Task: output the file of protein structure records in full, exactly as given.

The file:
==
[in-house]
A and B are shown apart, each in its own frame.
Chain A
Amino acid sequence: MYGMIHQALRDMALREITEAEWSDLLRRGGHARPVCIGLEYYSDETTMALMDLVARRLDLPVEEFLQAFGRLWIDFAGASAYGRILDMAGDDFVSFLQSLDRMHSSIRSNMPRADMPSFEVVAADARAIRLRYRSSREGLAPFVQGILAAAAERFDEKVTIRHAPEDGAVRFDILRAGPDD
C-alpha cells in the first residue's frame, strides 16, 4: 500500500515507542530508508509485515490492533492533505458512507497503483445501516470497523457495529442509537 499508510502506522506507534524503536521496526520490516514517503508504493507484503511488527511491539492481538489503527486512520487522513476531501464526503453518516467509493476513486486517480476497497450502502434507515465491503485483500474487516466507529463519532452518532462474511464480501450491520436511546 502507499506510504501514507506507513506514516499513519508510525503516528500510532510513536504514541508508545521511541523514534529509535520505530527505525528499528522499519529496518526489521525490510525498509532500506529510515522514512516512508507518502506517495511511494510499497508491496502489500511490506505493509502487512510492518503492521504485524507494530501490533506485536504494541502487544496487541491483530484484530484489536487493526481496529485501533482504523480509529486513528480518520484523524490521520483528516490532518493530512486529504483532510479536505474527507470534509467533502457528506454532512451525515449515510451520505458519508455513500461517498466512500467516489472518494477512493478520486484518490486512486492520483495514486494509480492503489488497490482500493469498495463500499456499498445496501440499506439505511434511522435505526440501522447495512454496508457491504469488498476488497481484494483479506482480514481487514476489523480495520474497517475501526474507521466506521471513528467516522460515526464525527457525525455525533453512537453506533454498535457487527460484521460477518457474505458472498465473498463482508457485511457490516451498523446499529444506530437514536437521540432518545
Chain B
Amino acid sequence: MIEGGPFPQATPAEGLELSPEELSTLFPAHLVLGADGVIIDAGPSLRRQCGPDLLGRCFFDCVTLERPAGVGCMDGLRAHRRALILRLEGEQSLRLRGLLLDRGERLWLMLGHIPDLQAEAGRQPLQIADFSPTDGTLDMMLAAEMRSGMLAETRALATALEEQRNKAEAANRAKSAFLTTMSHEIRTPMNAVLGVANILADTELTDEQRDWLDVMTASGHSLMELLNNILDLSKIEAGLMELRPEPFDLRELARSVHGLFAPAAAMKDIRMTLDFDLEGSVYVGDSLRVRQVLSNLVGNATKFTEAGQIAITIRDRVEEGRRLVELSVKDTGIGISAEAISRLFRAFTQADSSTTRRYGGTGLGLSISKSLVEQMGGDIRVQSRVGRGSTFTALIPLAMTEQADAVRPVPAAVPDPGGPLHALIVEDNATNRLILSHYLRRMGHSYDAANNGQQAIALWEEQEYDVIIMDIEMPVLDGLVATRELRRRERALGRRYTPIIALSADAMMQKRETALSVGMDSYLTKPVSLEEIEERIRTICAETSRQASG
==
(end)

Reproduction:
[in-house]
A and B are shown apart, each in its own frame.
Chain A
Amino acid sequence: MYGMIHQALRDMALREITEAEWSDLLRRGGHARPVCIGLEYYSDETTMALMDLVARRLDLPVEEFLQAFGRLWIDFAGASAYGRILDMAGDDFVSFLQSLDRMHSSIRSNMPRADMPSFEVVAADARAIRLRYRSSREGLAPFVQGILAAAAERFDEKVTIRHAPEDGAVRFDILRAGPDD
C-alpha cells in the first residue's frame, strides 16, 4: 500500500515507542530508508509485515490492533492533505458512507497503483445501516470497523457495529442509537 499508510502506522506507534524503536521496526520490516514517503508504493507484503511488527511491539492481538489503527486512520487522513476531501464526503453518516467509493476513486486517480476497497450502502434507515465491503485483500474487516466507529463519532452518532462474511464480501450491520436511546 502507499506510504501514507506507513506514516499513519508510525503516528500510532510513536504514541508508545521511541523514534529509535520505530527505525528499528522499519529496518526489521525490510525498509532500506529510515522514512516512508507518502506517495511511494510499497508491496502489500511490506505493509502487512510492518503492521504485524507494530501490533506485536504494541502487544496487541491483530484484530484489536487493526481496529485501533482504523480509529486513528480518520484523524490521520483528516490532518493530512486529504483532510479536505474527507470534509467533502457528506454532512451525515449515510451520505458519508455513500461517498466512500467516489472518494477512493478520486484518490486512486492520483495514486494509480492503489488497490482500493469498495463500499456499498445496501440499506439505511434511522435505526440501522447495512454496508457491504469488498476488497481484494483479506482480514481487514476489523480495520474497517475501526474507521466506521471513528467516522460515526464525527457525525455525533453512537453506533454498535457487527460484521460477518457474505458472498465473498463482508457485511457490516451498523446499529444506530437514536437521540432518545
Chain B
Amino acid sequence: MIEGGPFPQATPAEGLELSPEELSTLFPAHLVLGADGVIIDAGPSLRRQCGPDLLGRCFFDCVTLERPAGVGCMDGLRAHRRALILRLEGEQSLRLRGLLLDRGERLWLMLGHIPDLQAEAGRQPLQIADFSPTDGTLDMMLAAEMRSGMLAETRALATALEEQRNKAEAANRAKSAFLTTMSHEIRTPMNAVLGVANILADTELTDEQRDWLDVMTASGHSLMELLNNILDLSKIEAGLMELRPEPFDLRELARSVHGLFAPAAAMKDIRMTLDFDLEGSVYVGDSLRVRQVLSNLVGNATKFTEAGQIAITIRDRVEEGRRLVELSVKDTGIGISAEAISRLFRAFTQADSSTTRRYGGTGLGLSISKSLVEQMGGDIRVQSRVGRGSTFTALIPLAMTEQADAVRPVPAAVPDPGGPLHALIVEDNATNRLILSHYLRRMGHSYDAANNGQQAIALWEEQEYDVIIMDIEMPVLDGLVATRELRRRERALGRRYTPIIALSADAMMQKRETALSVGMDSYLTKPVSLEEIEERIRTICAETSRQASG